Veterinarians and veterinary students alike often are unaware of their influence of policy. Every year, the American Veterinary Medical Association (AVMA) hosts the Legislative Fly-In. This year, students and veterinarians joined forces and attended the fly-in together. The event has a dual purpose. Purpose number one is to teach the attendees about the role we play in developing legislation, especially as it relates to veterinary medicine, agriculture, and animal health. The other is to build relationships with our elected officials and show them we are engaged with the process.
We focused on four main bills during our visit. 1) The Horse Transportation Safety Act of 2013, which is a bill that would prohibit transporting horses in vehicles containing two (or more) levels, stacked on top of each other. 2) The Veterinary Medicine Loan Repayment Program (VMLRP) Enhancement Act would make the program tax exempt. Similar programs exist for human health professions, which are tax exempt. 3) The Prevent All Soring Tactics (PAST) would amend the Horse Protection Act. This would designate additional unlawful acts, strengthen penalties for violations, improve USDA enforcement, and others. This bill is probably the most controversial of all of the bills. 4) The last bill we discussed was the Veterinary Medicine Mobility Act of 2013. This bill was the most important to me. The legislation amends the Controlled Substances Act (CSA) to clarify that veterinarians may transport, administer, and dispense controlled substances in the regular course of mobile veterinary practice. In simpler terms, it allows veterinarians to continue to do their jobs without breaking the law.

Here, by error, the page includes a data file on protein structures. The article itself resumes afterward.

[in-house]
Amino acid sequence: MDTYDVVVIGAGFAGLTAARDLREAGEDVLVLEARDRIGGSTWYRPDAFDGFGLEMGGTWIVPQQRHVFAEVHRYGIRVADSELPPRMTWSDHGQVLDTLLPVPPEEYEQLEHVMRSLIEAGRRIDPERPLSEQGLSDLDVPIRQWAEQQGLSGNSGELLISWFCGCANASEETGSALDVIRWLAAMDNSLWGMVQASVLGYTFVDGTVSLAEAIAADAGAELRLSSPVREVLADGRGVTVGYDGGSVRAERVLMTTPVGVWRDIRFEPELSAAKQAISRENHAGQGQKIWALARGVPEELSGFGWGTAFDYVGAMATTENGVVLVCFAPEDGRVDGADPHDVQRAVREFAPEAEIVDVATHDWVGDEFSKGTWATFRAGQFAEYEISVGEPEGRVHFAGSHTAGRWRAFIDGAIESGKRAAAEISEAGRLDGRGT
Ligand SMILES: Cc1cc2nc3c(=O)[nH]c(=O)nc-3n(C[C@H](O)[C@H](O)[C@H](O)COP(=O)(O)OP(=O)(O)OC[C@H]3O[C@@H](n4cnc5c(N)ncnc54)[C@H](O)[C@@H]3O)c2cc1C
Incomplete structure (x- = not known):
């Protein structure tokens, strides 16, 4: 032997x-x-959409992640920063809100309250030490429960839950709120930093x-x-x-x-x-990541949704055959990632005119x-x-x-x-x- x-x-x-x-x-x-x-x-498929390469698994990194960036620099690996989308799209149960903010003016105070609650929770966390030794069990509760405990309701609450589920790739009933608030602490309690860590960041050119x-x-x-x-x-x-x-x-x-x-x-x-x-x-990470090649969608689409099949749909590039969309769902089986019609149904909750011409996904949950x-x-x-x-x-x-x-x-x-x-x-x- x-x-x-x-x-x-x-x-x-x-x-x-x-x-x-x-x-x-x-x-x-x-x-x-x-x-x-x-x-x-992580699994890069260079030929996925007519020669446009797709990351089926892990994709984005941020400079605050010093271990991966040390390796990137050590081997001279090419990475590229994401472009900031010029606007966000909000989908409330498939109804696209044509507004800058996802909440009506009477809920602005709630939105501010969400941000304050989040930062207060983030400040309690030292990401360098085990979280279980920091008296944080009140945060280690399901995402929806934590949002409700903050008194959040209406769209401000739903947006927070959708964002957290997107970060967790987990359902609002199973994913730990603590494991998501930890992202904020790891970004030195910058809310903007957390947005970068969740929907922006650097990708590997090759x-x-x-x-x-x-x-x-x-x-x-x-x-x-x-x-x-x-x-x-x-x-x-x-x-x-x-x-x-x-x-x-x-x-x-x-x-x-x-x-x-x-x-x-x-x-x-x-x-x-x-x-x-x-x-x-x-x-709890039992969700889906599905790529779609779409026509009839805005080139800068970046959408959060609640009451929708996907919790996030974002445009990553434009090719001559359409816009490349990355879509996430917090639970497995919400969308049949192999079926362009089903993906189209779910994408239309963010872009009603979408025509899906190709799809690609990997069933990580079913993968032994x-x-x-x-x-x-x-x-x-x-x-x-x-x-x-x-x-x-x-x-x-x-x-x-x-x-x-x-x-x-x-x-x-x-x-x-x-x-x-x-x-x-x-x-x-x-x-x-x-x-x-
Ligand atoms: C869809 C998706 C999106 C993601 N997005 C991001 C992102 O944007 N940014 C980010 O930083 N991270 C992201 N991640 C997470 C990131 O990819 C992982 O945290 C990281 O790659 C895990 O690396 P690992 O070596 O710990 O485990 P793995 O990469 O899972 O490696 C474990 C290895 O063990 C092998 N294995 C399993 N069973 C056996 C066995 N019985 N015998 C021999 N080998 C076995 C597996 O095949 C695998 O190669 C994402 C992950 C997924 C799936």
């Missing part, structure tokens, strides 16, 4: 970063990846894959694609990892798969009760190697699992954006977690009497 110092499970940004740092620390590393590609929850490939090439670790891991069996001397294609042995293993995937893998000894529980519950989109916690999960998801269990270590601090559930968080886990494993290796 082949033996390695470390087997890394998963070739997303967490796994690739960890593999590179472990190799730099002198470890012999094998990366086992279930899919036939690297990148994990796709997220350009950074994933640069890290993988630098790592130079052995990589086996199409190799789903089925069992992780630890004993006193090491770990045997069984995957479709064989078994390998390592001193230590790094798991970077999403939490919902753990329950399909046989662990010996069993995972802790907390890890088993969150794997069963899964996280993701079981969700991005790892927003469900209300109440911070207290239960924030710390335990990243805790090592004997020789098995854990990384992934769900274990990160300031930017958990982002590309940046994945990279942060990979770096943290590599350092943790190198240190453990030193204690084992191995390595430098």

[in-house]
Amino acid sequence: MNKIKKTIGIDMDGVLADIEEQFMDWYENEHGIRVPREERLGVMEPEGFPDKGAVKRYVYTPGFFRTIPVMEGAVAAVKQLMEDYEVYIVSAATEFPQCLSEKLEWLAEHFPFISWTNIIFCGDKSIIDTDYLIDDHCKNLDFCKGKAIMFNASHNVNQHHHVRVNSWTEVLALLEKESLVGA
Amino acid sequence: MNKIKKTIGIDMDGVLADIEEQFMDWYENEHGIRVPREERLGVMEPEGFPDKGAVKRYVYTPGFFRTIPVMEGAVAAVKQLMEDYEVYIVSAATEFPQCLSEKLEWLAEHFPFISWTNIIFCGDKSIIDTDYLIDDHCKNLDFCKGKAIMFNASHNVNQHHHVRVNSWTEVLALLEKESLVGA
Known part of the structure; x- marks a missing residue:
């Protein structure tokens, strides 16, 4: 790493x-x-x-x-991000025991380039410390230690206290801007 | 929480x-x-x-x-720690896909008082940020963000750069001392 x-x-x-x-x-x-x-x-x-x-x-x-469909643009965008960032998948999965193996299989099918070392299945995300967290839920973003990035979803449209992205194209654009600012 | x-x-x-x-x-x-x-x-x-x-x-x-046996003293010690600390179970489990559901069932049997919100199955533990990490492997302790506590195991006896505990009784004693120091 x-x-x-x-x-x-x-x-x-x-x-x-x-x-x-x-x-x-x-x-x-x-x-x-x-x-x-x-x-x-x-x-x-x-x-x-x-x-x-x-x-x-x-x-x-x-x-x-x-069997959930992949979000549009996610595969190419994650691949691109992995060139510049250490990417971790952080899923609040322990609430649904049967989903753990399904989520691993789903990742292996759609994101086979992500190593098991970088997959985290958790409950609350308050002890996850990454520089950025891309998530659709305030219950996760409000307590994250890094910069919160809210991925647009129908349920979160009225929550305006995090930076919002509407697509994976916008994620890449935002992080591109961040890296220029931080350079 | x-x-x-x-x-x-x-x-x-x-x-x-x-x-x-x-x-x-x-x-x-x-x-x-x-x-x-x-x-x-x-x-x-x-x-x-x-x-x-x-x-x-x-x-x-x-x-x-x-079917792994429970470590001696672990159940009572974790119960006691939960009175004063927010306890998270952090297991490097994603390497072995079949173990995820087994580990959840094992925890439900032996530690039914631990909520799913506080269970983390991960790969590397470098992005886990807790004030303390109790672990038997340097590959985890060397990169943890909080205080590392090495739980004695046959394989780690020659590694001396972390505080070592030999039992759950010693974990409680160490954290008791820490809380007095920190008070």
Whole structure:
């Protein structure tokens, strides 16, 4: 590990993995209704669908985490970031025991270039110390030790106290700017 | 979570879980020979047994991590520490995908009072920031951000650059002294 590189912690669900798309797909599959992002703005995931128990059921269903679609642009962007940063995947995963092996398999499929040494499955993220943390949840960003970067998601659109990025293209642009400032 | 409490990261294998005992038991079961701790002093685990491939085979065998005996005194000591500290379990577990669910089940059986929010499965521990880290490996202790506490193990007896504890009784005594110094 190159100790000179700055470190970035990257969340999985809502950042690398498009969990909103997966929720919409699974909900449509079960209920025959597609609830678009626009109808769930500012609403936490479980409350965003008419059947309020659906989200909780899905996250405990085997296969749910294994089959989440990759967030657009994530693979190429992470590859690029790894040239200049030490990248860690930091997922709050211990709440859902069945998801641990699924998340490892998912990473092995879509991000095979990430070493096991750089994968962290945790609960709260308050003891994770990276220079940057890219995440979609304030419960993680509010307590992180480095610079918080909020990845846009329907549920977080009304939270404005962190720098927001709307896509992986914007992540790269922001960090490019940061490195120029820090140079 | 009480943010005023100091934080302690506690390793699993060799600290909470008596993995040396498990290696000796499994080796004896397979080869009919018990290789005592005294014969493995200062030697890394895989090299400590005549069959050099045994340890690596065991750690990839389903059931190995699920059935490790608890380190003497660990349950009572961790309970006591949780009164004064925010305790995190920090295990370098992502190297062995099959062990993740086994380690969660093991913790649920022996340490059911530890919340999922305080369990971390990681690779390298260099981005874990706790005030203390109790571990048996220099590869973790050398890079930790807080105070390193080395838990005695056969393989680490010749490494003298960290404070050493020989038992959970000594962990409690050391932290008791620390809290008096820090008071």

This experience was a wonderful one, and I encourage anyone reading this blog to get involved with policy. Granted, I have a slight bias since I would love to do this for a living.